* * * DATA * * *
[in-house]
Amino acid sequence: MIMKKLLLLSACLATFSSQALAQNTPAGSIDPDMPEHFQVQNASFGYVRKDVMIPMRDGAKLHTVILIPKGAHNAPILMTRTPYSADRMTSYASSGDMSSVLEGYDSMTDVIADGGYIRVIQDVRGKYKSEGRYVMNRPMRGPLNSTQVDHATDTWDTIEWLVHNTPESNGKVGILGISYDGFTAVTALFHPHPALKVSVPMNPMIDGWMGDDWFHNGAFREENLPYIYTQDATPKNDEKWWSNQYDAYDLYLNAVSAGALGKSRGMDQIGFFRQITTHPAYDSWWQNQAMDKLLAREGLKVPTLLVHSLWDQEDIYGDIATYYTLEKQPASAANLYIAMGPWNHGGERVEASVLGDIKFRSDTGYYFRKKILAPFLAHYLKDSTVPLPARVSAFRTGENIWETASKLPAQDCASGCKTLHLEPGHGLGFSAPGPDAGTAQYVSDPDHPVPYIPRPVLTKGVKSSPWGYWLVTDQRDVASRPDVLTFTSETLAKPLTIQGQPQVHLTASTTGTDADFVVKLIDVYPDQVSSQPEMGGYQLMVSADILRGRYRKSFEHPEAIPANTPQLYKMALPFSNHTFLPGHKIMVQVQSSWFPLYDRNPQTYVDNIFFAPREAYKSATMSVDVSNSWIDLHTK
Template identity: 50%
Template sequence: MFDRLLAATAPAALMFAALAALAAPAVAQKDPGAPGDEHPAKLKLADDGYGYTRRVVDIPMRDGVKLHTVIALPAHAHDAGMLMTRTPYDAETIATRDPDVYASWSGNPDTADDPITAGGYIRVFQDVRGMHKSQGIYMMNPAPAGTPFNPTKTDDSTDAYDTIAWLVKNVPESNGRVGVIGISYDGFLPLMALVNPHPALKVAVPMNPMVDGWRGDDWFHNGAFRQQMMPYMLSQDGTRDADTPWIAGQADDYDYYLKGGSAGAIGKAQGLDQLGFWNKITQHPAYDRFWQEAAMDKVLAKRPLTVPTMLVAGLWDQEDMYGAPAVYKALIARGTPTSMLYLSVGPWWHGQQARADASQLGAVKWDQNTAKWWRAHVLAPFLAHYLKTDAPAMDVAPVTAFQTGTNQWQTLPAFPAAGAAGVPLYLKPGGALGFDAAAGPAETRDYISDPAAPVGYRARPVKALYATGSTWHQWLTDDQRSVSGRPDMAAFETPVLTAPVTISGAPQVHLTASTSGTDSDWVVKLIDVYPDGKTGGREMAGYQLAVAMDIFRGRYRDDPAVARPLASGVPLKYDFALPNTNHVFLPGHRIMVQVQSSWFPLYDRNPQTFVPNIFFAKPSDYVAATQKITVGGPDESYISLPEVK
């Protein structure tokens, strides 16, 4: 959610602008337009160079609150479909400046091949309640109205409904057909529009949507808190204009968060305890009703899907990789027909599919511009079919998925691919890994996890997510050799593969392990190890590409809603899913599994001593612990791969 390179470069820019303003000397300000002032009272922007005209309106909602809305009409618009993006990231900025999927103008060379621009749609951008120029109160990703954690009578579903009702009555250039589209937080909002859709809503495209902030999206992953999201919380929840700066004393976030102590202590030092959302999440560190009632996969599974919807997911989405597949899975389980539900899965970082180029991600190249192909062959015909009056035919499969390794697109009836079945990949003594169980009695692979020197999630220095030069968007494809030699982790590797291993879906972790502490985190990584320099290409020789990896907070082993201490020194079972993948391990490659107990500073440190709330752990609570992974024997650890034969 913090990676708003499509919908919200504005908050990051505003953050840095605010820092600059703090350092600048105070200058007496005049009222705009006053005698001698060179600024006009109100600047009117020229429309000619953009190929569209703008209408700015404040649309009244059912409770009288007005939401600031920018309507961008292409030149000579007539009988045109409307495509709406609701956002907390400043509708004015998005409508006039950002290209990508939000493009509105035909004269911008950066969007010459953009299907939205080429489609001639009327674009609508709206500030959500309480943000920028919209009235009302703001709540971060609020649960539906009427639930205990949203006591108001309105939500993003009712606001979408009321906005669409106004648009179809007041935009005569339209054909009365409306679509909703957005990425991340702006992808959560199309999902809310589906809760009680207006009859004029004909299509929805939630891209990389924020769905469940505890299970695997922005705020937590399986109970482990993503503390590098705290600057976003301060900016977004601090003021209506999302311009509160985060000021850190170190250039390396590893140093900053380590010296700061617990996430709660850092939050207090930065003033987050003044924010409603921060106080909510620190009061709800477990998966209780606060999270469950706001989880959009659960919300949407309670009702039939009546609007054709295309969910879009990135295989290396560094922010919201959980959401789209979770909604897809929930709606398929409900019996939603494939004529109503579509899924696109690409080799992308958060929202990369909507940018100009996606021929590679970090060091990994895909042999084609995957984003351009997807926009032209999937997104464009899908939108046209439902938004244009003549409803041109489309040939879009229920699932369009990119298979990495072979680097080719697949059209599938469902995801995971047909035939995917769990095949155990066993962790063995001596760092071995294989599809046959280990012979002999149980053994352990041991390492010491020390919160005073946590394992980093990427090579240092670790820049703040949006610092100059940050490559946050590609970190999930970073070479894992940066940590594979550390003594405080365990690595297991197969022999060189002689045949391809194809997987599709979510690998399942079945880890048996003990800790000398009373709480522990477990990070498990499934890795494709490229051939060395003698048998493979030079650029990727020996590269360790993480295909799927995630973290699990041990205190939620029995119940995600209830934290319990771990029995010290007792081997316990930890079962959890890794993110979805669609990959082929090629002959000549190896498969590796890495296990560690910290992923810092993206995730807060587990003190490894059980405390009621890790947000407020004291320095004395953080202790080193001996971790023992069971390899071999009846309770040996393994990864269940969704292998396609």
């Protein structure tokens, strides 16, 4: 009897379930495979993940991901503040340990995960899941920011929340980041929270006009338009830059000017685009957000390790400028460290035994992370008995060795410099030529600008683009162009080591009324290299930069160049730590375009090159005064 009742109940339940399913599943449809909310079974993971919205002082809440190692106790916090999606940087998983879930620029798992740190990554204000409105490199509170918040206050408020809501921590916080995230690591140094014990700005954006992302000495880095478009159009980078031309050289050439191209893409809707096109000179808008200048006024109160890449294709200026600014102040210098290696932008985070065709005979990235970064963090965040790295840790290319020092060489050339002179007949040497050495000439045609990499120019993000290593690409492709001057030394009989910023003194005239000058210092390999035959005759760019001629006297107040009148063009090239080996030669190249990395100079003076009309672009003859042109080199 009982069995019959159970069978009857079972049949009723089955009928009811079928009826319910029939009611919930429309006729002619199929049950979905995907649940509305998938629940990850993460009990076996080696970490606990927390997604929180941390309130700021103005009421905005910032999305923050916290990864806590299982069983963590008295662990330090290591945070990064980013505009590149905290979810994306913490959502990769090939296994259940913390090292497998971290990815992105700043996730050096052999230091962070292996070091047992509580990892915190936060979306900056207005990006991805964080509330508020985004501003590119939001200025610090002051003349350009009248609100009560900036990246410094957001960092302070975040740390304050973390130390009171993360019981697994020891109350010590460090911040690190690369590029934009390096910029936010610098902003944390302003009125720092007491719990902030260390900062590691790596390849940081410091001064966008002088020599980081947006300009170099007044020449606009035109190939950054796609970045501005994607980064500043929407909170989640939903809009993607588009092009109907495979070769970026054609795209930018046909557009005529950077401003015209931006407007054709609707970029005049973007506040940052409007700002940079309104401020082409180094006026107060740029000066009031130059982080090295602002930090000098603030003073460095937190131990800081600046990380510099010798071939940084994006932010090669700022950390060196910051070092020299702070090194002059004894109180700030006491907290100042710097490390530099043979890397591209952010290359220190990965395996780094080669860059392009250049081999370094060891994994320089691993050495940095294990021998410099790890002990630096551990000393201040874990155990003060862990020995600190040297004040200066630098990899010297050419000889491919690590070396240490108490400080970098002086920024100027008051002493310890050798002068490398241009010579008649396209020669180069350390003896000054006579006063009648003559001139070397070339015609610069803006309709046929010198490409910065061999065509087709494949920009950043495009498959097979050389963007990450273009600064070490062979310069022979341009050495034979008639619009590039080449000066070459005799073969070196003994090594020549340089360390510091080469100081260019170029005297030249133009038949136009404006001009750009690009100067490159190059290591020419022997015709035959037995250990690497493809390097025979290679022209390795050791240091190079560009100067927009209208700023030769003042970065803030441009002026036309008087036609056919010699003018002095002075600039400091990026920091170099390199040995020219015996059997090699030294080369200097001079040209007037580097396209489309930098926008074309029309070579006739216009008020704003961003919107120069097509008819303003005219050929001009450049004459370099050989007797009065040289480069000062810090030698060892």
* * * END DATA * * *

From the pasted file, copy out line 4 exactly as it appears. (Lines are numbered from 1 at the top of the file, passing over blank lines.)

Template sequence: MFDRLLAATAPAALMFAALAALAAPAVAQKDPGAPGDEHPAKLKLADDGYGYTRRVVDIPMRDGVKLHTVIALPAHAHDAGMLMTRTPYDAETIATRDPDVYASWSGNPDTADDPITAGGYIRVFQDVRGMHKSQGIYMMNPAPAGTPFNPTKTDDSTDAYDTIAWLVKNVPESNGRVGVIGISYDGFLPLMALVNPHPALKVAVPMNPMVDGWRGDDWFHNGAFRQQMMPYMLSQDGTRDADTPWIAGQADDYDYYLKGGSAGAIGKAQGLDQLGFWNKITQHPAYDRFWQEAAMDKVLAKRPLTVPTMLVAGLWDQEDMYGAPAVYKALIARGTPTSMLYLSVGPWWHGQQARADASQLGAVKWDQNTAKWWRAHVLAPFLAHYLKTDAPAMDVAPVTAFQTGTNQWQTLPAFPAAGAAGVPLYLKPGGALGFDAAAGPAETRDYISDPAAPVGYRARPVKALYATGSTWHQWLTDDQRSVSGRPDMAAFETPVLTAPVTISGAPQVHLTASTSGTDSDWVVKLIDVYPDGKTGGREMAGYQLAVAMDIFRGRYRDDPAVARPLASGVPLKYDFALPNTNHVFLPGHRIMVQVQSSWFPLYDRNPQTFVPNIFFAKPSDYVAATQKITVGGPDESYISLPEVK